This course was built with donations by hundreds of NC State enthusiasts. There are no memberships. It's a daily fee facility.

If you want to see more photos I took this weekend, go to: JIM POMERANZ PHOTOS OF LONNIE POOLE GOLF COURSE. You may have to create an account (no charge) to view the photos.

Monday, June 29, 2009

Lonnie Poole Golf Course opens: sort of

It’s not a record that will last. It probably didn’t last the day. I know it didn't last the weekend. And, it wasn’t anything official. It was a very weak 89, shot on a make-shift nine hole course played twice Saturday, June 27, 2009 at the Lonnie Poole Golf Course at NC State University.

The significance of the score and the round is minimal at best but it did mark the lowest score of the first completed round of the new golf course built on the University’s Centennial Campus in Raleigh. A dream for nearly half a decade and under construction for a couple of years, the opening of the Lonnie Poole Golf Course was reality that day when four of us teed off on the first hole at 8:03 a.m. The facility was open only to the Charter Partners, those who made financial donations to build the public course.

The full 18-hole layout is expected to open July 11, again only for donors for two days, and then to the public. Arnold Palmer, whose company designed the course, is expected July 31 for the official opening ceremony, open to donors only by invitation only! But, the tee shot I hit was tremendously satisfying because the course was open, at last!

The honors on the first hole were mine for one reason: I was playing from the Black tees while the others chose the White. There are six sets of tees at Lonnie Poole, the longest of which are the Competition tees measuring 7,358 yards on the par 71 layout. The Black course is 6,901 yards; White 6,326 yards; Gray 5,605; and, Red 4,976. For first day, only nine holes were open: 1, 8, 9, 10, 11, 12, 15, 16, and 17 which included four par four holes, and three par fives and two par threes. The Black distance for those nine: 3,584 yards which meant I was playing—and walking with a push cart—a hilly 18-hole course of 7,168 yards playing to a par 74.

Standing over the ball, it took a moment to realize the significance, if any, of what I was doing, and then all I wanted to do was avoid things: a cold-top, one that could go about 30 yards before thick fescue rough would have stopped it; the sandy bunker along the right side of the fairway and easily within my teeing length; a snap hook into the 10th fairway; a strong fad to knee high grassy rough, possibly un-findable.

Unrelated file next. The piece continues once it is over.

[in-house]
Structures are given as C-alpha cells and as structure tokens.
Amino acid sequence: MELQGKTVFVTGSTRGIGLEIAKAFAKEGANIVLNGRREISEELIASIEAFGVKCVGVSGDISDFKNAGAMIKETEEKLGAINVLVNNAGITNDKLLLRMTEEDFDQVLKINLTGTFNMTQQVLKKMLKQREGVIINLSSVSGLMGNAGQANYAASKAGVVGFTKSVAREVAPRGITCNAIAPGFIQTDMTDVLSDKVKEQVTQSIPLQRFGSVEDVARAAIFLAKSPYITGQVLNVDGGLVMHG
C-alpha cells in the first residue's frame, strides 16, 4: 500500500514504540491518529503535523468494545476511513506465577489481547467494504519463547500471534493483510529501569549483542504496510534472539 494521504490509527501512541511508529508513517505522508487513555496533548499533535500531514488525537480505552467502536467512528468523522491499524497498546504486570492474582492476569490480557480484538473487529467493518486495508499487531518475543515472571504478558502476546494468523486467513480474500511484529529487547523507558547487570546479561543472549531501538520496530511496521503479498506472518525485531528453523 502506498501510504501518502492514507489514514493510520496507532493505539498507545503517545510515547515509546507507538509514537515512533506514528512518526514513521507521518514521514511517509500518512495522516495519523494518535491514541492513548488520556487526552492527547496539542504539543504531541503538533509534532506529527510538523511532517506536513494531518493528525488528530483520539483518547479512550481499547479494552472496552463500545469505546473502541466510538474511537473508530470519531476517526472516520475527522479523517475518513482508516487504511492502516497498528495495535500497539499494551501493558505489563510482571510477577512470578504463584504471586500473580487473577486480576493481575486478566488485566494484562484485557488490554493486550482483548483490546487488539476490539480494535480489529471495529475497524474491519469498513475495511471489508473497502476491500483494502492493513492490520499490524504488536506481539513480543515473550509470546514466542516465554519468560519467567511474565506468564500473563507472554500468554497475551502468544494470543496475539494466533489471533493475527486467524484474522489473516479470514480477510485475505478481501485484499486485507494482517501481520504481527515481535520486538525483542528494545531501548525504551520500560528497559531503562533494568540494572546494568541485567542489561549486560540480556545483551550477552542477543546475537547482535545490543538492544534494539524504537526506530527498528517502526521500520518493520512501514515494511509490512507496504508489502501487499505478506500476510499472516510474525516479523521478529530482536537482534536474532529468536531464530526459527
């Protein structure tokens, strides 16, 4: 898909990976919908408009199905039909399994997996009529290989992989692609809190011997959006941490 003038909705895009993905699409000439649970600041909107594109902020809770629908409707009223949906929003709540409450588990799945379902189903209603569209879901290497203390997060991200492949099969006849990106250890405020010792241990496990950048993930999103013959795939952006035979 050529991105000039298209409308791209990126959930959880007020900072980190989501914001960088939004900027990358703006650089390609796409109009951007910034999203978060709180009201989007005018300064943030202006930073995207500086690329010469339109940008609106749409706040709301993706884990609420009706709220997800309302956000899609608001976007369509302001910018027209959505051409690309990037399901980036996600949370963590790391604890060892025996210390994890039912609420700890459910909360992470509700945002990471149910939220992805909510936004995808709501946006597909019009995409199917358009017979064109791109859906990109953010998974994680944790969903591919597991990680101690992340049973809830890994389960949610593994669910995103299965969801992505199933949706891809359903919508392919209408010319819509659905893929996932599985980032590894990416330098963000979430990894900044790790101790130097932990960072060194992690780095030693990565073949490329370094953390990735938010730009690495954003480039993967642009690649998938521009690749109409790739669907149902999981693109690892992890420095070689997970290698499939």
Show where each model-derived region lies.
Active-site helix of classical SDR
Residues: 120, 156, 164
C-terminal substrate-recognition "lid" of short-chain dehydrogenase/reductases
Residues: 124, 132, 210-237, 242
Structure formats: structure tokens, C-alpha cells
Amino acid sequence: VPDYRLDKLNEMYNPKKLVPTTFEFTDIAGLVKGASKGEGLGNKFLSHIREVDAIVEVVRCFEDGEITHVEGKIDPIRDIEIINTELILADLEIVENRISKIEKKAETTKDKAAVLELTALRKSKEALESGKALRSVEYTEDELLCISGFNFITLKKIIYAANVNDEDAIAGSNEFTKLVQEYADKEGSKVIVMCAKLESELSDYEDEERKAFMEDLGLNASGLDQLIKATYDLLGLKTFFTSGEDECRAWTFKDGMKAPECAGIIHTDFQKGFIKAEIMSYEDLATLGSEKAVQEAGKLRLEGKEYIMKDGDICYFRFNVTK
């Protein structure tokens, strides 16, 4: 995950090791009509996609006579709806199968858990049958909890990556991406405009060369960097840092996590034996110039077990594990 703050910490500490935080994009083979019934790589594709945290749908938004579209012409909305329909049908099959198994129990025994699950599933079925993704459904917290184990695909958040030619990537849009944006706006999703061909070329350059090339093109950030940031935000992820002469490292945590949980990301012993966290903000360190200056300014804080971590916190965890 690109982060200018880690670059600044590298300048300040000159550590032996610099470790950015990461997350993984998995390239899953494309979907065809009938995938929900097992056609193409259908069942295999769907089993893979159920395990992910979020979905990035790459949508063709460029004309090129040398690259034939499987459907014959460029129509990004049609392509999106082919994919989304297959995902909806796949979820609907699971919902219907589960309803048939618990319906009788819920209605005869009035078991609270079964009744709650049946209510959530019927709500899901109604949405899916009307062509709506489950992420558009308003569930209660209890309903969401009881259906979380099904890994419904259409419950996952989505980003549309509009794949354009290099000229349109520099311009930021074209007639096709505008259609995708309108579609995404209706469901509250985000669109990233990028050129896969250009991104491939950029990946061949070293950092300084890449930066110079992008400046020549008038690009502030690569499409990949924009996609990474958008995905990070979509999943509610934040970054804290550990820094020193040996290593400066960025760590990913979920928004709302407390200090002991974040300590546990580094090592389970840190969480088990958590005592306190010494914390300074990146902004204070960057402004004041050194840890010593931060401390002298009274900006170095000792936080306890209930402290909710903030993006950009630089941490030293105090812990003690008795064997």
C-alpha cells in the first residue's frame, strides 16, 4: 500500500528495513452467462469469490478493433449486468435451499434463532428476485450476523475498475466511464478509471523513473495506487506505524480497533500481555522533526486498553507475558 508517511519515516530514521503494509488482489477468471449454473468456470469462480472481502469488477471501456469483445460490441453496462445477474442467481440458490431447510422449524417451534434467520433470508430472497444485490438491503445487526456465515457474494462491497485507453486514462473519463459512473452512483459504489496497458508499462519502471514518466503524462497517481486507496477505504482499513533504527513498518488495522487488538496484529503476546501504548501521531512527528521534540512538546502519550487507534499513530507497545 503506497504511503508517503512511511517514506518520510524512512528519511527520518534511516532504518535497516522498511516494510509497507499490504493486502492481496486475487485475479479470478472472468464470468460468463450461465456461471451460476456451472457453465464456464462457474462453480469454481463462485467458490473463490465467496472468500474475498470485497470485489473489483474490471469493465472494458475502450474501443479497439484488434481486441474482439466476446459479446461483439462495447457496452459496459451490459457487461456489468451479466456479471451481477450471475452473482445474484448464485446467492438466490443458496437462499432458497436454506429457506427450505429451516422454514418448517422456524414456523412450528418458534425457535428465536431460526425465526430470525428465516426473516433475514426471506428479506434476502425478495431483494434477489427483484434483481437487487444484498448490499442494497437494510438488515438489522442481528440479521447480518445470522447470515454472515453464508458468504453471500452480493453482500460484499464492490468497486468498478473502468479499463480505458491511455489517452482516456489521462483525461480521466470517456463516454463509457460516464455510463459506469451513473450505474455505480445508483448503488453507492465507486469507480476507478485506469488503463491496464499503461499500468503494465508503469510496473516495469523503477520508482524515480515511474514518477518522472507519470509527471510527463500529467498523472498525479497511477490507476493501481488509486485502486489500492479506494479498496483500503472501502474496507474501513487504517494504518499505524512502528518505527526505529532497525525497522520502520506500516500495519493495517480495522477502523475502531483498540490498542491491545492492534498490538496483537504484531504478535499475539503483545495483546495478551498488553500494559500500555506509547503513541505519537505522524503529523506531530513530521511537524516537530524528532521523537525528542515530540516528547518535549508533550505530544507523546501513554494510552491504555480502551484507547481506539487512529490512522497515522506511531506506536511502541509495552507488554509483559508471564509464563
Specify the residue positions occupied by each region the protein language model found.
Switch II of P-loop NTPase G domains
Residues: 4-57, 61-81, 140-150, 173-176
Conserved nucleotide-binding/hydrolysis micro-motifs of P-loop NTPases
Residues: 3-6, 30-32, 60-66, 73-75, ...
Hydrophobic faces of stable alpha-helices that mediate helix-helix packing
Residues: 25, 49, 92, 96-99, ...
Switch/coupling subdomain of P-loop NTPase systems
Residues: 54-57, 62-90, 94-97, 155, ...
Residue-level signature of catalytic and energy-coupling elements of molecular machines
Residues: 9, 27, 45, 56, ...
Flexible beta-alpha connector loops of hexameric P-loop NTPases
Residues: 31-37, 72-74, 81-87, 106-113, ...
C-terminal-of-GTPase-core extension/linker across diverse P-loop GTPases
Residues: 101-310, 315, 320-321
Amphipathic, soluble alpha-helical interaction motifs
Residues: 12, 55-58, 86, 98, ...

My swing was unusually slow and nearly perfect; the air-born ball split the fairway between the left side of the sand bunker and the hole’s left side rough and came to rest in the fairway about 270 yards from the green on this wonderful opening 542-yard up-hill, down-hill slight dogleg right par five. “Let it be noted that Jim Pomeranz hit the first tee shot hit on the course and it was in the fairway,” said managing editor Tim Peeler, a member of the foursome.

I was thrilled, so much so that—while thinking birdie—two topped-shots later combined with the drive, two more hits and two putts, I walked off the green with a disappointing double bogey 7. I refuse to bore you with the details of my play for the remainder of the round; but before you hear about the nine holes we played, I admit to one other shot of significance.

It was my tee ball on the 11th hole, a 631-yard par five that runs west to east parallel to Interstate 40. (For those who know the area, the course is very near the State Farmers Market.) The fairway is easily wide enough to avoid trouble, but I believe the extremely strong left hand gripe with a wide-open club face, an open stance and a swing that screamed of the ball going right resulted in a enormously hard right fade that started right, flew across a special practice tee for the NC State men’s golf team, the immediate rough, a fence, more high grass and trees and towards the highway where I’m somewhat confidence it landed. “Let it noted that Jim Pomeranz hit the first shot onto Interstate 40,” announced Peeler who was Twittering the entire round accounting for the nearly five and a half hours of play.